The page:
Eventually, towards the end of 1985, Saudi Arabia announced that in riposte to other OPEC members’ repeated violations of their respective production quotas, it would no longer play the role of ‘swing producer’ and would instead attempt to increase its share of world oil by selling oil at whatever prices the market would bear. As OPEC abandoned all production and pricing agreements, OPEC output rose by 25 percent, between 1985 and 1986.[8] (Gately 1986: 241-242) Of course, this only added to the world oil glut, causing oil prices to fall below $10 a barrel, which in real terms is lower than the $3 per barrel price that prevailed before the 1973 price shock. (Georgiou 1987: 298)

Market Structure of World Oil: The Retreat of the Oil Cartel

The fall in prices and OPEC’s failure to regulate the world oil market, reflected an underlying shift in the international oil regime.

  1. When the Majors had controlled the oil market, they held crude oil inventories as buffers against short run fluctuations in demand and supply, whereby their grip over the market could be increased. In times of falling prices, the Majors would add to their inventories, taking oil off the market, thus helping prices to firm up. In times of rising prices, they would draw oil from their stocks and place it on the market, thus relieving pressure on prices. After the 1979-80 prices doubling, however, the Majors began to slowly draw from their oil inventories till they were no longer effective against shocks in the short run. Far from stabilizing the market, the international oil companies exacerbated its cyclical movements: when a glut seemed imminent, they tended to shy away from buying crude oil and instead drew down their inventories, adding to the downward pressure on spot prices and heightening the glut. Producer governments encouraged this trend through creation of national reserves, which though meant to stabilize the supplies during crises, ended up restricting release of the surpluses to counteract market swings. Thus OPEC felt an ever increasing burden of regulating the market. (Georgiou 1987: 301)
  2. OPEC’s position was further weakened by the establishment of a new price structure – the “netback” agreements announced by Saudi Arabia in 1985. In the new arrangement, crude oil prices were made to depend on prices of products obtained from crude oil, i.e. sale of oil derivatives determined the sale of oil in the spot market. Such an arrangement favoured the buyer at the cost of the seller, because it was the seller who absorbed the adverse price movements that occurred in-between the times of sale of oil and that of its products. This is why the 1986 decline in prices was more precipitous than warranted: an increase of merely 5 percent in world oil supply led to a 60 percent drop in prices. (Amuzegar 1986: 15) OPEC therefore became even more vulnerable to price fluctuations.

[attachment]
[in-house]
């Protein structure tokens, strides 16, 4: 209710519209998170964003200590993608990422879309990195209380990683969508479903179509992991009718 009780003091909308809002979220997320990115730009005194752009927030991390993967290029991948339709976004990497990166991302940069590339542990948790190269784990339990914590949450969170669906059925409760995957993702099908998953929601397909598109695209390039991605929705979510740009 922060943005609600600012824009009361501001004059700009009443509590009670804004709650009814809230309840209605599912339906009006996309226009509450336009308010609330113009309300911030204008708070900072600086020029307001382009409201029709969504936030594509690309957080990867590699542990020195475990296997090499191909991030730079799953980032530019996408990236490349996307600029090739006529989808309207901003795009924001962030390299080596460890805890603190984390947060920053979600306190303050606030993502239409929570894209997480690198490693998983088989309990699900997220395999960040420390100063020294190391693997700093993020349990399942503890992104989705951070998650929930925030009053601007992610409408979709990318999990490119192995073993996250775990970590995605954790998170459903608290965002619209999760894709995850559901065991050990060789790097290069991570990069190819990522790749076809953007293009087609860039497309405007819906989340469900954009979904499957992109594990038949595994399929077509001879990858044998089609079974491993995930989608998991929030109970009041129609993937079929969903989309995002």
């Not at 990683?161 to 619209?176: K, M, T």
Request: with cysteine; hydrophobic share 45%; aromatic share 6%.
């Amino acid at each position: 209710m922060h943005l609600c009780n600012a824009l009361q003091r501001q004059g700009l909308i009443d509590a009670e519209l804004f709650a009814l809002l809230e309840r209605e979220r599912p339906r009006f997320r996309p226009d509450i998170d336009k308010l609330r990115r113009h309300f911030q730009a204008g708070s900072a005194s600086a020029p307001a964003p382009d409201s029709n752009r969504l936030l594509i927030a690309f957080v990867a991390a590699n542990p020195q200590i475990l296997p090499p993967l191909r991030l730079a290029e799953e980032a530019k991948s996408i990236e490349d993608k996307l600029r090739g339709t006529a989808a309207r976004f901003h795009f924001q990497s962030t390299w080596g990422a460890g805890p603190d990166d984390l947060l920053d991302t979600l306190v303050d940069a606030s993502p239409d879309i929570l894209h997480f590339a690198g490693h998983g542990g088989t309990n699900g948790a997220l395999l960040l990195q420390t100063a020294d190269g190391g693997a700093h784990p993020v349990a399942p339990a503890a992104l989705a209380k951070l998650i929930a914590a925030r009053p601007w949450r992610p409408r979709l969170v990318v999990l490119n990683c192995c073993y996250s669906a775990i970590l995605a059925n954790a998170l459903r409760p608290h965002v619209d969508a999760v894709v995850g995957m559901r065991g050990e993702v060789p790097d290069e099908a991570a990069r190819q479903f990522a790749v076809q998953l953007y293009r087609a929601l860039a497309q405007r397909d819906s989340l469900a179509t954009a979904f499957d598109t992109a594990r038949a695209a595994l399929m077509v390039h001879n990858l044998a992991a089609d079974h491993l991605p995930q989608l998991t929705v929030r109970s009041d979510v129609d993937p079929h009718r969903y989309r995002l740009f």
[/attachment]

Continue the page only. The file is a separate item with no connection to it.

3. Following the 1986 crisis, Saudi Arabia designed a new OPEC agreement to fix prices, and coordinate and reduce OPEC production accordingly. The mechanism seemed successful at first since prices rose in the spot market. But no sooner had they risen, than they fell because supplies were constantly in excess.  This was evidence that certain OPEC members were persisting in overproduction and that oil companies were drawing down the inventories they had built up when oil prices fell to an all time low in early 1986. Despite prices firming up afterwards, the market was still far from long-term stability.
  4. Towards the end of the 1970s, OPEC producers advanced into downstream activities, such as refining of oil, production of petrochemicals, transport of oil and oil products, and, even retailing of final products to consumers. This marked a departure from OPECs traditional status in the oil market, as one of crude oil supplier – rest of the industry being left to the care of oil companies – to one with expanded activities, responsible for the workings of the overall market. When setting crude oil prices, they had to now take into account product prices and refinery margins. In the short run, this added yet another factor to OPECs already complicated task of regulating prices. Consequently it accentuated oil market instability.

The lesser developments in the market combined to produce a structural shift – the burden of regulating world oil moved from the international oil companies to OPEC. But the change came about at a time when increasing non-OPEC production and declining world oil consumption pushed the market beyond OPEC control, and made it difficult for OPEC to shoulder this burden. In the short run, the market was assailed by greater volatility and instability, and prices became susceptible to sliding further than to scaling.

Blood and Oil: The 90s

Low Prices and High Politics: The 1990-91 Oil Crisis

Iraq’s invasion of Kuwait at the very beginning of the 90s was an astonishing show of the lengths to which states were willing to militarily engage in pursuit of oil. The Gulf crisis which broke out in August 1990 was, to a large extent, a conflict about controlling oil, dictating prices, and amassing revenues. Apart from the broader political and regional objectives of Saddam Hussein, the most immediate and critical intent for invading Kuwait was to rescue Iraq from the economic calamity that was threatening its political regime.